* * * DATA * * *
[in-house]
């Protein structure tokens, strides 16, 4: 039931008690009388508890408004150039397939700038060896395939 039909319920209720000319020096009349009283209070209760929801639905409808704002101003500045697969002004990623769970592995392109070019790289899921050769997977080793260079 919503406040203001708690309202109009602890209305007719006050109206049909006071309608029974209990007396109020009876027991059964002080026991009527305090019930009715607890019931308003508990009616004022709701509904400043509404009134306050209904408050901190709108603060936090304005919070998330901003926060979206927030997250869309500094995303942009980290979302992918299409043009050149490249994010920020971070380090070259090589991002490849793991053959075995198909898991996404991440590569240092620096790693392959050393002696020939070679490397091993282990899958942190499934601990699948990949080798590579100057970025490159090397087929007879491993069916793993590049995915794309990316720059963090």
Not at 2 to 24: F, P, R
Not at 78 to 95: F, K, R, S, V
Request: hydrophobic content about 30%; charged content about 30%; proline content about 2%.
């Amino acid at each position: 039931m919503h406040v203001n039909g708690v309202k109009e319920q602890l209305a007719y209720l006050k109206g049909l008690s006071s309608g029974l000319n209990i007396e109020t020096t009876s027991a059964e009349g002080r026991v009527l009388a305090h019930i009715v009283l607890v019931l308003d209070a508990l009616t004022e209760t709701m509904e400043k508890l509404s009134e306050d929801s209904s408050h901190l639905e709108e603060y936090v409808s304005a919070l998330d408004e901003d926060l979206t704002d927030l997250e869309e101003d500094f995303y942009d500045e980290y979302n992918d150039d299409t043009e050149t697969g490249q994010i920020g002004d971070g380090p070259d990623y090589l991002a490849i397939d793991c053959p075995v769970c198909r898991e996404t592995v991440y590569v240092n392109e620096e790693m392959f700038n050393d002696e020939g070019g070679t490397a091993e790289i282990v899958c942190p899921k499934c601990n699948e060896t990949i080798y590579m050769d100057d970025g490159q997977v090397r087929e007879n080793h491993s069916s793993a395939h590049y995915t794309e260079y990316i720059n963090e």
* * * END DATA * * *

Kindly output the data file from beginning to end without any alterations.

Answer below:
[in-house]
């Protein structure tokens, strides 16, 4: 039931008690009388508890408004150039397939700038060896395939 039909319920209720000319020096009349009283209070209760929801639905409808704002101003500045697969002004990623769970592995392109070019790289899921050769997977080793260079 919503406040203001708690309202109009602890209305007719006050109206049909006071309608029974209990007396109020009876027991059964002080026991009527305090019930009715607890019931308003508990009616004022709701509904400043509404009134306050209904408050901190709108603060936090304005919070998330901003926060979206927030997250869309500094995303942009980290979302992918299409043009050149490249994010920020971070380090070259090589991002490849793991053959075995198909898991996404991440590569240092620096790693392959050393002696020939070679490397091993282990899958942190499934601990699948990949080798590579100057970025490159090397087929007879491993069916793993590049995915794309990316720059963090």
Not at 2 to 24: F, P, R
Not at 78 to 95: F, K, R, S, V
Request: hydrophobic content about 30%; charged content about 30%; proline content about 2%.
């Amino acid at each position: 039931m919503h406040v203001n039909g708690v309202k109009e319920q602890l209305a007719y209720l006050k109206g049909l008690s006071s309608g029974l000319n209990i007396e109020t020096t009876s027991a059964e009349g002080r026991v009527l009388a305090h019930i009715v009283l607890v019931l308003d209070a508990l009616t004022e209760t709701m509904e400043k508890l509404s009134e306050d929801s209904s408050h901190l639905e709108e603060y936090v409808s304005a919070l998330d408004e901003d926060l979206t704002d927030l997250e869309e101003d500094f995303y942009d500045e980290y979302n992918d150039d299409t043009e050149t697969g490249q994010i920020g002004d971070g380090p070259d990623y090589l991002a490849i397939d793991c053959p075995v769970c198909r898991e996404t592995v991440y590569v240092n392109e620096e790693m392959f700038n050393d002696e020939g070019g070679t490397a091993e790289i282990v899958c942190p899921k499934c601990n699948e060896t990949i080798y590579m050769d100057d970025g490159q997977v090397r087929e007879n080793h491993s069916s793993a395939h590049y995915t794309e260079y990316i720059n963090e």